Health-related quality of life and productivity impact in haemophilia patients with inhibitors
To measure health-related quality of life (HRQL), its determinants, and its association with patient and caregiver productivity among a sample of haemophilia patients with inhibitors in the United States (US). Data on demographical and clinical characteristics, treatment patterns, HRQL (SF-12v2), and productivity outcomes were reported for 53 patients. Mean SF-12v2 domain and mental (MCS) and physical (PCS) component summary scores were assessed and compared with US norms. Regression analyses explored the association of patient and treatment factors with HRQL and productivity. Patients’ mean age was 20.7 years (SD = 18.8), 88.5% were type A, and 39.6% received on-demand therapy as their only mode of treatment. Mean PCS was significantly lower than the US norm (PCS, 39.9, P < 0.01) and mean MCS showed no significant difference (MCS, 49.9, P = ns). On-demand treatment (B = −0.336, P < 0.05) and number of haemorrhages (B = −0.366, P < 0.05) were negatively associated with PCS; and PCS was associated with patients’ missed work or school days [incidence rate ratio (IRR) = 0.93, P < 0.001] and perceived impact on daily activities (OR = 0.72, P < 0.05). Younger age (IRR = 0.91, P < 0.01), lower PCS (IRR = 0.94, P < 0.01), more haemorrhages (IRR = 1.05, P < 0.05), and surgery (IRR = 2.74, P < 0.05) were associated with fewer patients’ productive days. Physical functioning among inhibitor patients in the US is compromised and is negatively associated with their daily activities and productivity. These data suggest a positive association of prophylactic and immunotolerance therapy with HRQL, specifically physical impairment.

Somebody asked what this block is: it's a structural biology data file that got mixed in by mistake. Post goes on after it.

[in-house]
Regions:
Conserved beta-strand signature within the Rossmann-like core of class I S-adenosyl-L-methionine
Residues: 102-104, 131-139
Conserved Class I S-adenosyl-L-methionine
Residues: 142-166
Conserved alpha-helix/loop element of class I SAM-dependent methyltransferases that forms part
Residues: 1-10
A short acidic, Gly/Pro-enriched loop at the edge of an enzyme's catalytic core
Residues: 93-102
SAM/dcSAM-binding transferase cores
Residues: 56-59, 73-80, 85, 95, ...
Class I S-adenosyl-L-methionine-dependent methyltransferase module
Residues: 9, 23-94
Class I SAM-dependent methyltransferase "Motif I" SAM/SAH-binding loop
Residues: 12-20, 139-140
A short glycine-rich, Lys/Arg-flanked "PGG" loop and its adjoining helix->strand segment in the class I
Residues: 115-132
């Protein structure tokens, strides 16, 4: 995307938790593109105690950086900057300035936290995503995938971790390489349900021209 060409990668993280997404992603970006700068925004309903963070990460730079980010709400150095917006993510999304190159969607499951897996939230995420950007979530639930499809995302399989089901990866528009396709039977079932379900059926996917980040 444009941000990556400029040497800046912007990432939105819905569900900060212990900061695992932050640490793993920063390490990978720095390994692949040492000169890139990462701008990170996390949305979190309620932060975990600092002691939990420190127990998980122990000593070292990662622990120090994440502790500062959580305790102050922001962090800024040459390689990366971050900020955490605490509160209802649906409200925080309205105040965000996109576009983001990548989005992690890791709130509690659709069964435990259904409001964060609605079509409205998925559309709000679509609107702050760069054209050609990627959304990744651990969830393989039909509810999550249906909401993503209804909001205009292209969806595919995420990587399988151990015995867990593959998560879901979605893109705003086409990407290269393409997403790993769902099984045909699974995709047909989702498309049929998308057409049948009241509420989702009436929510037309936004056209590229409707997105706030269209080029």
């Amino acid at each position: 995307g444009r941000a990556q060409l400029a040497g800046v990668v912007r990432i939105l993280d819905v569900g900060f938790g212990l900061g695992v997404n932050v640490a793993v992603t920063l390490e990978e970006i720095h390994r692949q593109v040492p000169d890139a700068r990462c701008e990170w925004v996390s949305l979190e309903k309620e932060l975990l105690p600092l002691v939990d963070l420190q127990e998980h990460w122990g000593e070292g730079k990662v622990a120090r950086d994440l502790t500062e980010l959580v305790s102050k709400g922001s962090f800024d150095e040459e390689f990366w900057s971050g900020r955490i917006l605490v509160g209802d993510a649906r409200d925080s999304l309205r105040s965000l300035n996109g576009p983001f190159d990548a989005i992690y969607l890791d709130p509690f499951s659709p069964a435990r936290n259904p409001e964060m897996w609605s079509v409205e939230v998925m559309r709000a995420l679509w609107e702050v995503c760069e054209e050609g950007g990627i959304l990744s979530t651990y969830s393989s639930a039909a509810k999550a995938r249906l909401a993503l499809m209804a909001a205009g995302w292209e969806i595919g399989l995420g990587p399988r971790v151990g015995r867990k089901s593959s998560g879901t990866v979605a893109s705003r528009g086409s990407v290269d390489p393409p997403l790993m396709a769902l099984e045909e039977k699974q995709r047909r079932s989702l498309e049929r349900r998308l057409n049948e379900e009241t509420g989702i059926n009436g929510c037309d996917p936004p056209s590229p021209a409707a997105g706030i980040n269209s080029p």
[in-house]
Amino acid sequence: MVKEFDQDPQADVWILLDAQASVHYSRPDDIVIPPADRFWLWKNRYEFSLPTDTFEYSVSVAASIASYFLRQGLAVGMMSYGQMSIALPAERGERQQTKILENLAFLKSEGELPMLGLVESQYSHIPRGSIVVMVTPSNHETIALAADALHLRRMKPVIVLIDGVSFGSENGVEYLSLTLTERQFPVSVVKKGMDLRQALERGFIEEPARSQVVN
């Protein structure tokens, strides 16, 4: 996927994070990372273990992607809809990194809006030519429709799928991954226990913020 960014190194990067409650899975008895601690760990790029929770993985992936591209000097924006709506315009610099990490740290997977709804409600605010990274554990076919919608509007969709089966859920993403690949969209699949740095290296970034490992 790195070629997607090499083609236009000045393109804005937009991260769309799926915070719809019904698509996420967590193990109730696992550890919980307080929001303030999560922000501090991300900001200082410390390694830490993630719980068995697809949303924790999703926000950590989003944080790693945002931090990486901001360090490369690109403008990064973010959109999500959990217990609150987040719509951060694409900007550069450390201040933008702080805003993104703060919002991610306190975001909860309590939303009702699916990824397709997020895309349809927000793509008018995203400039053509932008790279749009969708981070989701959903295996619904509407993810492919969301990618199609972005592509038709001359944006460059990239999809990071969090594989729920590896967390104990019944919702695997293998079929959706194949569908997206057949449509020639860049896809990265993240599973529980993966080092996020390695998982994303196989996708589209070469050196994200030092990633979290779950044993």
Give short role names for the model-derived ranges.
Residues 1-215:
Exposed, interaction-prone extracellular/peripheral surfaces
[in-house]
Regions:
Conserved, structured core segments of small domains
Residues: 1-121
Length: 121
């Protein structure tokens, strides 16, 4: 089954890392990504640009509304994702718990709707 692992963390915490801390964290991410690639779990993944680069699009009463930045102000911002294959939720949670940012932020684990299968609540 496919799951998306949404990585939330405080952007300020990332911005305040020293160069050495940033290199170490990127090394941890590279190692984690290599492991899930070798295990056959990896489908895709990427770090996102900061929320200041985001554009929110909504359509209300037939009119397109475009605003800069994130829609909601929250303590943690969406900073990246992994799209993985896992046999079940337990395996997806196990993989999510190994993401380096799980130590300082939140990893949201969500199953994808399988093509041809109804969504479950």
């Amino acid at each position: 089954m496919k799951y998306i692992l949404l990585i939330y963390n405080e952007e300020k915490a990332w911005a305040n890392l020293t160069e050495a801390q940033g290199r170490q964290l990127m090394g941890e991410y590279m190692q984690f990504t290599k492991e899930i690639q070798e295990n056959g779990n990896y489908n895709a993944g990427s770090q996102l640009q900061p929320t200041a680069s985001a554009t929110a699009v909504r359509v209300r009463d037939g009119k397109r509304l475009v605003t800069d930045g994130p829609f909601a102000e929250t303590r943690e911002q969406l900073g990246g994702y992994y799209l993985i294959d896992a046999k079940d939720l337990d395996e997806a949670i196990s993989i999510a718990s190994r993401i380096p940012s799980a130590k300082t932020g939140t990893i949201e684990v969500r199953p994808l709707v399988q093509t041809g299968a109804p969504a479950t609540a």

Document Type: Research Article
Publication date: July 1, 2009